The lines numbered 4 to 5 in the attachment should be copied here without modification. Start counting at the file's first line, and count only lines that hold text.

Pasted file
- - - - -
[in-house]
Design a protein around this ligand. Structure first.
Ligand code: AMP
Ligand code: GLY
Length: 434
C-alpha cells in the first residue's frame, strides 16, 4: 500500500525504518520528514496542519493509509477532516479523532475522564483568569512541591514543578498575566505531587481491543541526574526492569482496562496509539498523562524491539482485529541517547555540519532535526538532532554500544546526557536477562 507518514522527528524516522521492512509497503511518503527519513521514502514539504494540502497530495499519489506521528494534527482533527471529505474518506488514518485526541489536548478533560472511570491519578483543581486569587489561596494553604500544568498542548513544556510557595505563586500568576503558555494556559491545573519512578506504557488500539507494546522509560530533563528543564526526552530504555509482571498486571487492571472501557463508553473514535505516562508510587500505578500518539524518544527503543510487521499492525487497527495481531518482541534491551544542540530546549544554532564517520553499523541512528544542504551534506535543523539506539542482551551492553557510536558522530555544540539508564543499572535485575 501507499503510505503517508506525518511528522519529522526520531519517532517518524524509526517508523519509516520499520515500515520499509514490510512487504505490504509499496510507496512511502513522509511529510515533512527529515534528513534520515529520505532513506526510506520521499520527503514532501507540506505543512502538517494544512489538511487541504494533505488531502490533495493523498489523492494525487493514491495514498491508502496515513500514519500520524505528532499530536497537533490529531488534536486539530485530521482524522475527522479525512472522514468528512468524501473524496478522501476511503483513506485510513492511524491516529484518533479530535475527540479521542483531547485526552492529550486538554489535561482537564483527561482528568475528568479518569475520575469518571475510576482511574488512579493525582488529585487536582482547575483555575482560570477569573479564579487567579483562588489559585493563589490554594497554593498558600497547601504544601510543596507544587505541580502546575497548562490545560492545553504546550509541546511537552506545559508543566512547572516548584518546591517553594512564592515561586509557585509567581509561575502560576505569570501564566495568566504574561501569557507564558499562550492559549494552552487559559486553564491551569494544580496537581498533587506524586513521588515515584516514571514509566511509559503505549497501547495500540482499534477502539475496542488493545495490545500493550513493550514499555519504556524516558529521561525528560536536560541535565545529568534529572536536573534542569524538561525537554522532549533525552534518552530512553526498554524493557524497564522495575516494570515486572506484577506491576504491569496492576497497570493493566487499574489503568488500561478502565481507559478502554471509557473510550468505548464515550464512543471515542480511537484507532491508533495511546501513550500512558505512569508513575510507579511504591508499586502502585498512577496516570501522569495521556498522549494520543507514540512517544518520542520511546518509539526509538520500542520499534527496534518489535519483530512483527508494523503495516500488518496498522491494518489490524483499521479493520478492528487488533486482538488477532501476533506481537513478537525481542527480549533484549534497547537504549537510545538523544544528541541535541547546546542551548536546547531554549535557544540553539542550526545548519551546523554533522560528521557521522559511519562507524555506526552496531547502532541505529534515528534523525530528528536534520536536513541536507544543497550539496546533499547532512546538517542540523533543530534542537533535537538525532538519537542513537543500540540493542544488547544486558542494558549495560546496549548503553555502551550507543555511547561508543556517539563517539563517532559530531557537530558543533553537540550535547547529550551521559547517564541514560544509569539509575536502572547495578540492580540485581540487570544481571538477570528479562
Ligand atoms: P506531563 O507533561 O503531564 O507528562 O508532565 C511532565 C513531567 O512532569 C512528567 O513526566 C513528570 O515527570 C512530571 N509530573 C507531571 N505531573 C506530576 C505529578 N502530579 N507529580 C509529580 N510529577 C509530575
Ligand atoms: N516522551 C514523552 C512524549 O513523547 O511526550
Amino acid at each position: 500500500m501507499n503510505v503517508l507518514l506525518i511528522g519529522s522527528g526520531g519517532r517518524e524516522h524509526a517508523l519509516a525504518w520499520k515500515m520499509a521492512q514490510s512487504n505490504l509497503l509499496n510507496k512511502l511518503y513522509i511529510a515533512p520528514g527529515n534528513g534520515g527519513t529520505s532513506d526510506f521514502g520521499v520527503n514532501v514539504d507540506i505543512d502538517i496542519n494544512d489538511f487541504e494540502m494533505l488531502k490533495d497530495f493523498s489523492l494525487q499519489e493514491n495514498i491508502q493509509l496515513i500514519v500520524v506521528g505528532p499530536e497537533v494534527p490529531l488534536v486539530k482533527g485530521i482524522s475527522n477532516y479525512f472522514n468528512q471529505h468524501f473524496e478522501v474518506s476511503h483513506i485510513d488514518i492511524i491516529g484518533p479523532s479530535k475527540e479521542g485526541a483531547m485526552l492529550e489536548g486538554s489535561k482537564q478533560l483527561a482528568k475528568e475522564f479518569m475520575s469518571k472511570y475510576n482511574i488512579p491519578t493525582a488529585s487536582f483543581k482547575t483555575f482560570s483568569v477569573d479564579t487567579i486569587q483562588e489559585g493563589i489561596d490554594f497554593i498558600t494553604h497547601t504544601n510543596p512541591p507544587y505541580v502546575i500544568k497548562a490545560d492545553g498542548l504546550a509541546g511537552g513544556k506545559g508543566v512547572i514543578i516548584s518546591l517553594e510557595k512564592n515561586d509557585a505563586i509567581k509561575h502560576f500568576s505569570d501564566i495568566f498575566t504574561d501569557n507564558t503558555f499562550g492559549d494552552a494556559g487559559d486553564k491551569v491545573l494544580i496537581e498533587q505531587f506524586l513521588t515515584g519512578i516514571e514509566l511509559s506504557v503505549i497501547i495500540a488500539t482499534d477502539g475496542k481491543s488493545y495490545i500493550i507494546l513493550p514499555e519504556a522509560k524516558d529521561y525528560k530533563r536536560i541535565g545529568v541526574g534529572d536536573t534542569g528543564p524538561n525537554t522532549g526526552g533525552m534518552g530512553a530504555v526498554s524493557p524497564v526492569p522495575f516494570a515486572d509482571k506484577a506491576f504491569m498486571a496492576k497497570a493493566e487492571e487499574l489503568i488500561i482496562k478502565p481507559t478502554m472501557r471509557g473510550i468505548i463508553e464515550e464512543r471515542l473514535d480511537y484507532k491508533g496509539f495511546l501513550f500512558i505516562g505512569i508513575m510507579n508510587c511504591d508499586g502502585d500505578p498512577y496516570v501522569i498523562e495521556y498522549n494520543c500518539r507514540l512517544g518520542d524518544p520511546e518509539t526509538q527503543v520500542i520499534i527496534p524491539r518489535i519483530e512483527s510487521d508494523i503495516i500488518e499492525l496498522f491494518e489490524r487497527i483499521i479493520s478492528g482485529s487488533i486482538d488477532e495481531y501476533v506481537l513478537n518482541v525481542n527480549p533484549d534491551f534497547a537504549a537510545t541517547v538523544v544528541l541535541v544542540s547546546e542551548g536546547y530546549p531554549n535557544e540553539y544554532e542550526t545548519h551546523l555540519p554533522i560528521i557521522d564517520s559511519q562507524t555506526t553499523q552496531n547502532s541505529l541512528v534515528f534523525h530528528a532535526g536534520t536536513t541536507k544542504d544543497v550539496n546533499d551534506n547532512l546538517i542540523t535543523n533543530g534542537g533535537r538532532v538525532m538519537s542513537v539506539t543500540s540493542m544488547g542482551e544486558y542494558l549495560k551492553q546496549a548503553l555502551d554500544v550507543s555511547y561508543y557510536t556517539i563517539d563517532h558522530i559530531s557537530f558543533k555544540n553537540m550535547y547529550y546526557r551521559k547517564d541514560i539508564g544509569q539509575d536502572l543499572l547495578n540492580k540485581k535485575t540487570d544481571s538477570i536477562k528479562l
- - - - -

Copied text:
Ligand code: GLY
Length: 434